Update (10/27/2023): Another Philadelphia school in 2023 closed due to asbestos, highlighting the need for renovations across the city’s schools and the reason for the teachers’ protest reported in this blog. According to the Philadelphia Inquirer, Southwark Elementary School closed in October. It’s the first school closure in Philadelphia of the 2023-2024 school year.
Three teachers in Philadelphia have filed a class action lawsuit against the city’s School District for violating their First Amendment rights to express concerns about asbestos issues in school buildings.
According to ABC6 in Philadelphia, the lawsuit claims the School District docked their pay for “unauthorized absences” after they spent the school day outside to protest widespread issues of deteriorating asbestos in their school and other Philadelphia schools.
The teachers who filed the lawsuit are Ethan Tannen, Carolyn Gray and Karen Celli. Tannen and Gray are current teachers at Julia R. Masterman Laboratory and Demonstration School. Celli retired in June 2023. The claim stems from docked pay from a day during the 2022-2023 school year when Celli was still a teacher.
According to ABC6, the teachers are seeking restitution of their lost wages, plus interest, along with an expungement of any disciplinary action from their employment records.
According to ABC6, the latest report from the Asbestos Hazard Emergency Response Act for the Masterman School building, from the 2018-2019 school year, identified more than 100 “confirmed” or “assumed” sources of asbestos in the building.
ABC6 reports the three teachers assembled their “workstations” outside as a form of protest regarding the dangers of asbestos. They did so because they felt the School District did not provide adequate information to parents or teachers on the hazardous asbestos issues in the city’s schools.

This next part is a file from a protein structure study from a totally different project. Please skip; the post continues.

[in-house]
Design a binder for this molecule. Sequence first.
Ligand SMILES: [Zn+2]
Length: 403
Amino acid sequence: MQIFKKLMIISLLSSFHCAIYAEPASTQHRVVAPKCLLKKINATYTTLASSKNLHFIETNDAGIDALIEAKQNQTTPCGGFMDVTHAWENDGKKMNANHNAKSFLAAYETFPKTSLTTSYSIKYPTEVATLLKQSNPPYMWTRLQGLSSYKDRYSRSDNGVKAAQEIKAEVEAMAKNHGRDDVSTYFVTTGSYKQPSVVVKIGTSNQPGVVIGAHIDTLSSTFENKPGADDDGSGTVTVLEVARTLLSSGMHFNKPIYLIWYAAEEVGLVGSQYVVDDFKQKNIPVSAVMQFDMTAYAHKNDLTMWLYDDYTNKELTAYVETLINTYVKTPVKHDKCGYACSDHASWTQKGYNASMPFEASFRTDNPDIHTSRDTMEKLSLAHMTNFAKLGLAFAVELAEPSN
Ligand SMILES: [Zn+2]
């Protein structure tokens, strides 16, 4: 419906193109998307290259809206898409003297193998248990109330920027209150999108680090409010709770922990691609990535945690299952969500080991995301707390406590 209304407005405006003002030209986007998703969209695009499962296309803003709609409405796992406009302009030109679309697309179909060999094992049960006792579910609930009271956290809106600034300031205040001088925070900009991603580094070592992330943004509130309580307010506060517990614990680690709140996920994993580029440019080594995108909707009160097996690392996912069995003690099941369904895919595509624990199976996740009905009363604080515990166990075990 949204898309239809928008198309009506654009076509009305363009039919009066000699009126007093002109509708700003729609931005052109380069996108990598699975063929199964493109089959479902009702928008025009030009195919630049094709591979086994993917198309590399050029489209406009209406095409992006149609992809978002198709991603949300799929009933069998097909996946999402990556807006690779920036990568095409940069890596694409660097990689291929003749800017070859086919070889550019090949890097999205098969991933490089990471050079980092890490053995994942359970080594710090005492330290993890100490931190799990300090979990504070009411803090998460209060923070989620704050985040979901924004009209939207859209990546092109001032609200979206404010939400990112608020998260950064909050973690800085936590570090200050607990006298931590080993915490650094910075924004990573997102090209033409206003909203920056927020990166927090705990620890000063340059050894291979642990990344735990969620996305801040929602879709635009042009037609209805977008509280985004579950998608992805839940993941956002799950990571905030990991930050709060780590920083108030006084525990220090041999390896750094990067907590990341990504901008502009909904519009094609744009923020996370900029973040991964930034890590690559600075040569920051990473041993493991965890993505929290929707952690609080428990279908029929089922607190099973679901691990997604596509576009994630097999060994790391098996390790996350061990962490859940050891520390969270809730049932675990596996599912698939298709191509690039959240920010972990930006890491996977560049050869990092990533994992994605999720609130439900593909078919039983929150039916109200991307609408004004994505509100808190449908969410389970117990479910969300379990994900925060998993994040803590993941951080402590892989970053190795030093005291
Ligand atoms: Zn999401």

“Those teachers were not ‘absent’,” Mary Catherine Roper, an attorney who represents all three teachers, said to ABC News in a statement on Sept. 13. “The district knew that and knew they were working. The district wanted to stop the protest, so they threatened the teachers and then punished them. That violates the First Amendment.”
Philadelphia School District officials said it would not comment on pending litigation.
Asbestos: A Critical Health Issue
Asbestos is a dangerous mineral, capable of causing cancers such as mesothelioma, lung cancer and ovarian cancer. These facts would make one believe asbestos should not be present in any buildings, especially schools, where hundreds of children spend eight hours a day.
Unfortunately, the dangers of asbestos were not known until the 1980s, and asbestos was a prized mineral in construction and insulation before then for its sturdiness and ability to resist heat.
Asbestos was used in the building of homes, offices, hospitals, schools and government buildings. Any schools built prior to the 1980s were probably built with asbestos. If the school has not been renovated in some time – which is common in public schools due to financial restraints – then asbestos is likely still hiding in the walls, in the ceiling tiles, in the electrical sockets, and under the floorboards.